This is only my observation. If God sends it who can withstand it. It is a fulfilling of another prophecy foretold 2,000 years ago found in Thessalonians regarding this strong delusion.


  2. Nathan Says:

    I have come away with a completely different feeling regarding the possibility that this film may paint all Evangelicals with a broad brush. If the shoe fits…? Well in a way it does.
    Let’s assume, since we have no idea yet what the film content is, that the American Church will be lumped together with NAR doctrine. Good!!!
    What if the specific details of the film are not accurate? Who cares! Because whether or not this situation (Uganda) is correctly reported, the spread of the NAR throughout the world is real. And the effects of this filth are real. If the film causes questions to be asked of both the NAR and the broader Evangelical Church it is a positive development. Regardless of the Uganda facts, murder of many types, not just the LGBT community was part of the Re-constructionist objective and of course is inherent in the NAR as these rivers of thought all flowed together in the Late 1990’s and 2000’s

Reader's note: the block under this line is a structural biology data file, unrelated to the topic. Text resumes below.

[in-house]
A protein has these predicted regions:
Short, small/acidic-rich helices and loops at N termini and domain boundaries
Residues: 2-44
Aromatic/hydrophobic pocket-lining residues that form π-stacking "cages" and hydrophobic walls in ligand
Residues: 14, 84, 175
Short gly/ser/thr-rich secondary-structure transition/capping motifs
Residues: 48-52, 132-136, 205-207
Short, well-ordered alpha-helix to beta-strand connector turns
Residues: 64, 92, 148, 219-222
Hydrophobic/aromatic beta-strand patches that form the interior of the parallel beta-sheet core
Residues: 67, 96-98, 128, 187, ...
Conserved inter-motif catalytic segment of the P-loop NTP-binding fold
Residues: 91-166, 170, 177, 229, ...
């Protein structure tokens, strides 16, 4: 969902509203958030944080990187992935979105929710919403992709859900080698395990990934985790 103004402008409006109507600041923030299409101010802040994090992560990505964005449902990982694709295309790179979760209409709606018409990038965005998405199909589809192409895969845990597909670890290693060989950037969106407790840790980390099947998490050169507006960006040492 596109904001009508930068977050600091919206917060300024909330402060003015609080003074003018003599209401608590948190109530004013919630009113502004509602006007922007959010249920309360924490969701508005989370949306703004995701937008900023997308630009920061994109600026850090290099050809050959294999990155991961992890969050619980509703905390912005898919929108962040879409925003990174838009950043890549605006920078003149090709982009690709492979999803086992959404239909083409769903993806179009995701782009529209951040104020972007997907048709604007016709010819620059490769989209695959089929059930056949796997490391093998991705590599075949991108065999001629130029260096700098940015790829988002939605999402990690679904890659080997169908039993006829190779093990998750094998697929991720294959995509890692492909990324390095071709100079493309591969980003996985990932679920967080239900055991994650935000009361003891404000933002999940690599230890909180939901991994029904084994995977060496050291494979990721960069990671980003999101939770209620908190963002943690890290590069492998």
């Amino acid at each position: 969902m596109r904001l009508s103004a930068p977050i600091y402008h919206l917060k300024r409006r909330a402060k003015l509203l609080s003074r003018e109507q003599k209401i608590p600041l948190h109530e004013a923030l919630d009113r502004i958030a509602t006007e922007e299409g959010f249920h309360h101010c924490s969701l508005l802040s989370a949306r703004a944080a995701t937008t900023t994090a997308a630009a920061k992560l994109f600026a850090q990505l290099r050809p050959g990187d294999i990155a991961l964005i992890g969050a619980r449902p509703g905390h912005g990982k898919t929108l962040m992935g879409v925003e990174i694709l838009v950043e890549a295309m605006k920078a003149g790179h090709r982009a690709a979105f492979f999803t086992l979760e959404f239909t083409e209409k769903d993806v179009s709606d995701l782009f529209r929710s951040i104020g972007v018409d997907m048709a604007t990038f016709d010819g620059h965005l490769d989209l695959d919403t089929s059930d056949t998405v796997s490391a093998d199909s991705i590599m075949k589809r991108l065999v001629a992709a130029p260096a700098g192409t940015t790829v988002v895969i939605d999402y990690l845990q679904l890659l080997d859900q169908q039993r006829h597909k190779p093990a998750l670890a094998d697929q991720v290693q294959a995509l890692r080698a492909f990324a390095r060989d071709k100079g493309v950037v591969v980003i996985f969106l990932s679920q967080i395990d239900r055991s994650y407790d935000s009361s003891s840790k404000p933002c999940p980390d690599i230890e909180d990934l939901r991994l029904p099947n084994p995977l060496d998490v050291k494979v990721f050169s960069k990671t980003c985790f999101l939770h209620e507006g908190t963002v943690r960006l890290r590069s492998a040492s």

The American Church is making no concerted effort to identify NAR elements and give it the pariah status it deserves. The broader Church is silently complicit because is says little or nothing. Even if you do not go to a NAR church chances are good your leadership is adopting language and concepts that have emerged from the NAR.
    As an aside, when someone makes an anti-NAR statement it seems they often talk in theoretical terms. It is not theoretical if you are a real person and have had real consequences as a result of being connected in any way with the NAR or someone that has adopted portions of this delusion.
    How are you earnestly contending for the faith?
    Nathan Priddis

  3. kadri-liisa Says:

    I saw that movie by coincidence in local cinema when was PÖFF movie festival here in Tallinn and all christians were watching it…..:-) This antigay stuff was bad there but i think it is good that ppl go and something good in Africa.